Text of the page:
A Good Entertainer Email

Instead of going through the science of how it all works, I’ll give you the basic protocol for one way to correctly make a marketing email so you can start now. You can of course ignore any of these tips, but realize there’s success behind every part, so please recognize you will be sacrificing with every such choice.

If you have a lot to say, go to therapy.

Starting with the DON’Ts

  • ask for something
  • write a bunch
  • give news that nobody cares about
  • try to please everyone in the world
  • make an email because people suggested it
  • send to people who don’t want emails

The DO

You’re giving something to people that want it. You’re open to conversation. Every part of your email is a gift. The image is beautiful and interesting. The text is well written. It’s entertaining. Informational. It’s emotional. It gives a good feeling.

Here’s the structure

  1. compelling subject
  2. contrasting, but compelling preheader text
  3. image
  4. headline
  5. one to three paragraphs
  6. call to action button
what someone sees before opening the email

Your email subject is to be compelling, interesting, and does not tell the reader what they will find inside. Look up clickbait headlines and Obama’s email subjects for inspiration.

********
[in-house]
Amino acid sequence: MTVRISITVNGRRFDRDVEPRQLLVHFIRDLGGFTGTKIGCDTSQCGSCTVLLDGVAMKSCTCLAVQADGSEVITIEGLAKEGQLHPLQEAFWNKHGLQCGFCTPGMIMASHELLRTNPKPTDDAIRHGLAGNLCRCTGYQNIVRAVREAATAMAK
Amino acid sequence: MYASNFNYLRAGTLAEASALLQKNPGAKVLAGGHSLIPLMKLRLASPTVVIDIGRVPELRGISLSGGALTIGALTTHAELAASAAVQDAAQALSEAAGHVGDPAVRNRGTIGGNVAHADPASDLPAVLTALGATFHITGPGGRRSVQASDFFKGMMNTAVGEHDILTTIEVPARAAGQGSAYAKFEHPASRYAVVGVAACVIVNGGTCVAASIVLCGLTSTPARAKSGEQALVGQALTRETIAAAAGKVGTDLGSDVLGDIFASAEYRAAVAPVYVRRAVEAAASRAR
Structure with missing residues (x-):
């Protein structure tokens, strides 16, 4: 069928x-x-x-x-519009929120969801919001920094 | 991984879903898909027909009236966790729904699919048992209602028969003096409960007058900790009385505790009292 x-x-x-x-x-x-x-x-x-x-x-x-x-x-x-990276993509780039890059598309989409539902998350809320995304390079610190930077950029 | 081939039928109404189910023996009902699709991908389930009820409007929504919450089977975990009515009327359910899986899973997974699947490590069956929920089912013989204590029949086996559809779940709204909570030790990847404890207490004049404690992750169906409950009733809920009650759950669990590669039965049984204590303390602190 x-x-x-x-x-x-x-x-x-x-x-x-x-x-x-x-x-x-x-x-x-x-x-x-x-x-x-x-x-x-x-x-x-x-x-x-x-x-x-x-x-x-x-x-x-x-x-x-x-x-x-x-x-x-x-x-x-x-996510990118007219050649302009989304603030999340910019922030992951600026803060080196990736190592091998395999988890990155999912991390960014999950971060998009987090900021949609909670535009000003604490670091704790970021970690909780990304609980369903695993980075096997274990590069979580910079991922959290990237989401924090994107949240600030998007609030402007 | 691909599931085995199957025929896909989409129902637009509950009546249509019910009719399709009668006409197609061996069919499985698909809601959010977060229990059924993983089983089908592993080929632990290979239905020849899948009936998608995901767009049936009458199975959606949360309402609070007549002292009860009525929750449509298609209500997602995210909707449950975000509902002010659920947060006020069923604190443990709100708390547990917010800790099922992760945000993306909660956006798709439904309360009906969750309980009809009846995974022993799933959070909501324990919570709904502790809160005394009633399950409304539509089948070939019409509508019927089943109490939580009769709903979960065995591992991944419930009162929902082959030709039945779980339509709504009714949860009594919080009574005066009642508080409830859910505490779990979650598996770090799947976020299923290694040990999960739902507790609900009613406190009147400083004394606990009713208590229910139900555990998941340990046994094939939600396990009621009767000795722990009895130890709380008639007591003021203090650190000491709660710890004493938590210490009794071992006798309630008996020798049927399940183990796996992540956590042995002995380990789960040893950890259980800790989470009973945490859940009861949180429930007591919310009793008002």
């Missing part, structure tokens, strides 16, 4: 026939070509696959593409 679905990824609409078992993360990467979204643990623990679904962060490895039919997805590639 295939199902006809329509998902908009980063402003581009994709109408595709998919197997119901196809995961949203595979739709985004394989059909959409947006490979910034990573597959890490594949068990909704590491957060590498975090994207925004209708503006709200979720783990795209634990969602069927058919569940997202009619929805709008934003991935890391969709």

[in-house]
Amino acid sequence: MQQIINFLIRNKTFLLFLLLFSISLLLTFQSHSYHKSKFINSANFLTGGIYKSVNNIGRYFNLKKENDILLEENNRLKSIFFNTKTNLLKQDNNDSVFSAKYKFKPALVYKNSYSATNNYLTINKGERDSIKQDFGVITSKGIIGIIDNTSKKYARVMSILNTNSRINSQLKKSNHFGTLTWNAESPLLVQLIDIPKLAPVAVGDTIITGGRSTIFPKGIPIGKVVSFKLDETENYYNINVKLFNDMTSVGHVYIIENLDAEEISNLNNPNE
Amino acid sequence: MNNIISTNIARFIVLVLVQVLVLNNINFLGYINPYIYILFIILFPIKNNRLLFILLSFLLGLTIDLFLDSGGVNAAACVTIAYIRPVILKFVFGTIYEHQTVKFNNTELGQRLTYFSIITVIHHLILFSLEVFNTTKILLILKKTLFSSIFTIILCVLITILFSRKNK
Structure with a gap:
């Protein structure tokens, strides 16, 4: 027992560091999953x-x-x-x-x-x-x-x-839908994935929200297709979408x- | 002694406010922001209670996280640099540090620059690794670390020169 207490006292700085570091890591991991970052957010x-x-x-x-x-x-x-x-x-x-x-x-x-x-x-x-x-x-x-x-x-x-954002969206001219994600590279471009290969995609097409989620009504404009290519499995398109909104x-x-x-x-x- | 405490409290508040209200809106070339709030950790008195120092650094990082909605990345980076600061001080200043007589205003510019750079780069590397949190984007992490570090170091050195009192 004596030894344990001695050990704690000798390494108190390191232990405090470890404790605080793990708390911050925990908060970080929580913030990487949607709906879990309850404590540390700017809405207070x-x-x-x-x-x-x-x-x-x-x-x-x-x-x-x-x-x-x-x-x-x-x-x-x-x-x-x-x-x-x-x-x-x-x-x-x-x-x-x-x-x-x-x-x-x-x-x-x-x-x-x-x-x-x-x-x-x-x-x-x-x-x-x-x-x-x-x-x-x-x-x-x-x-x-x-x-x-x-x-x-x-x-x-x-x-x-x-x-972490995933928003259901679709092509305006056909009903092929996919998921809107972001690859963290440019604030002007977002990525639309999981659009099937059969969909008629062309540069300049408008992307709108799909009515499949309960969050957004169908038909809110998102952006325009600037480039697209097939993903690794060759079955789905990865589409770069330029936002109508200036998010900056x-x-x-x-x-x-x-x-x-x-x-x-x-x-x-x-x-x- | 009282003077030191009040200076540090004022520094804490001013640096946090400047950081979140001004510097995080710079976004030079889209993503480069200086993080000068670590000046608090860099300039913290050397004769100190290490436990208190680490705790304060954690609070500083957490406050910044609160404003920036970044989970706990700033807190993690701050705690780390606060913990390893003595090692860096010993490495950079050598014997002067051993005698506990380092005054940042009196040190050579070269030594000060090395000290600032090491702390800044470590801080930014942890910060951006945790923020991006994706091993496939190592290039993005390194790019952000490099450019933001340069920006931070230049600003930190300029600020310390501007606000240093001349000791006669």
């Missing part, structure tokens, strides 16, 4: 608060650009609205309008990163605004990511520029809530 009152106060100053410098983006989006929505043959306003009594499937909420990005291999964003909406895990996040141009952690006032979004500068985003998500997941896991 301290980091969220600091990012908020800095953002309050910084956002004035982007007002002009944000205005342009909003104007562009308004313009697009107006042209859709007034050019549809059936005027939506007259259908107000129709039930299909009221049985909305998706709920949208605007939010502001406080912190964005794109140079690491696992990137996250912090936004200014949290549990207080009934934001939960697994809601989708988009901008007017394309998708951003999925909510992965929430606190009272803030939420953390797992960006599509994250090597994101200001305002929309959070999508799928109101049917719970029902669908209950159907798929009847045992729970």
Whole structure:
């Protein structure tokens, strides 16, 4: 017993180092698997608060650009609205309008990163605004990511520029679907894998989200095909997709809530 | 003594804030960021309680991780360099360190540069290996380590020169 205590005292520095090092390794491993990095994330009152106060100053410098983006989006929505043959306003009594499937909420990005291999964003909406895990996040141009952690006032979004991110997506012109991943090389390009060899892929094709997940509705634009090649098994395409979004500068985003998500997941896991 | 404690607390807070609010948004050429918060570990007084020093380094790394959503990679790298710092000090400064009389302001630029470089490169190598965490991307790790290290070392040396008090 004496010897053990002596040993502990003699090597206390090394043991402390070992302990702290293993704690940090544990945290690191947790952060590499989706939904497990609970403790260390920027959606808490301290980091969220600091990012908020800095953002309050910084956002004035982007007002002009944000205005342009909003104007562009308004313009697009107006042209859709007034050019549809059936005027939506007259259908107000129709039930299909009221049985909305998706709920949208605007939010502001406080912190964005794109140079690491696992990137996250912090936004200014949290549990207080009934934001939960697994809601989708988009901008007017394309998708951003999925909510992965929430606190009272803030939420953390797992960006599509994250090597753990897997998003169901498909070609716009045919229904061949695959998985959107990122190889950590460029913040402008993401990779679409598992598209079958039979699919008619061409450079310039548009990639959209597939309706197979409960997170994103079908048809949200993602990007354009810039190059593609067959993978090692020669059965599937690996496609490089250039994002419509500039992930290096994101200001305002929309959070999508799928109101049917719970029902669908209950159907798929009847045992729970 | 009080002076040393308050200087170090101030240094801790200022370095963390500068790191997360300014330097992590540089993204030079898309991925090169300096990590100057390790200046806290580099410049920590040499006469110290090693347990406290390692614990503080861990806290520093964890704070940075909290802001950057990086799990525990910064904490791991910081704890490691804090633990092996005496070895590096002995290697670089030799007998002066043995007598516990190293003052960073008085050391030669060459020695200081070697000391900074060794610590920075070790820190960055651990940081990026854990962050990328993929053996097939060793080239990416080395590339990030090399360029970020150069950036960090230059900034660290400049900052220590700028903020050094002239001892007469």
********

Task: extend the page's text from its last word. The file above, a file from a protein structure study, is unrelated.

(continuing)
The preheader text or preview blurb also compels a person to open, and leads them on the path, but doesn’t telegraph what’s inside. Include emotional words. You want people to open with delight.

The image is beautiful and fun (or informational) and makes a person want to read more.

The headline starts giving some answers of what’s to come.

The text leads to one call to action. Only one. It is a singular message that is simple and clear and a wonderful thing to read. It’s written in a personal direct way. It’s written to one reader. So, you don’t say “Hey, guys!” you say “What’s up?”

The call to action is a clear statement of what you want the reader to do. It’s a button like “Click to watch the full video” or it’s just text that says “Reply and tell me which gift you want.”

The trap

Entertainment companies often think they need to create newsletter emails that detail all their successes, but they don’t. If your success somehow translates to a benefit for the reader, then great! Let’s say your emails are going out to bookers who like booking you. If you just did 10 TV shows and now you’re twice as easy to book. That’s great news for them. If you just did the Guam state fair, that is not a gift to the reader.

The job of your email list is not to broadcast and ask for something. It is to have a conversation and serve.

Written By Scot for entertainment pros

Scot Nery has helped some of the biggest companies in the world achieve entertainment success. He's bent on elevating all entertainment.

View His Work Read More Writings Email to Pay Scot for Help

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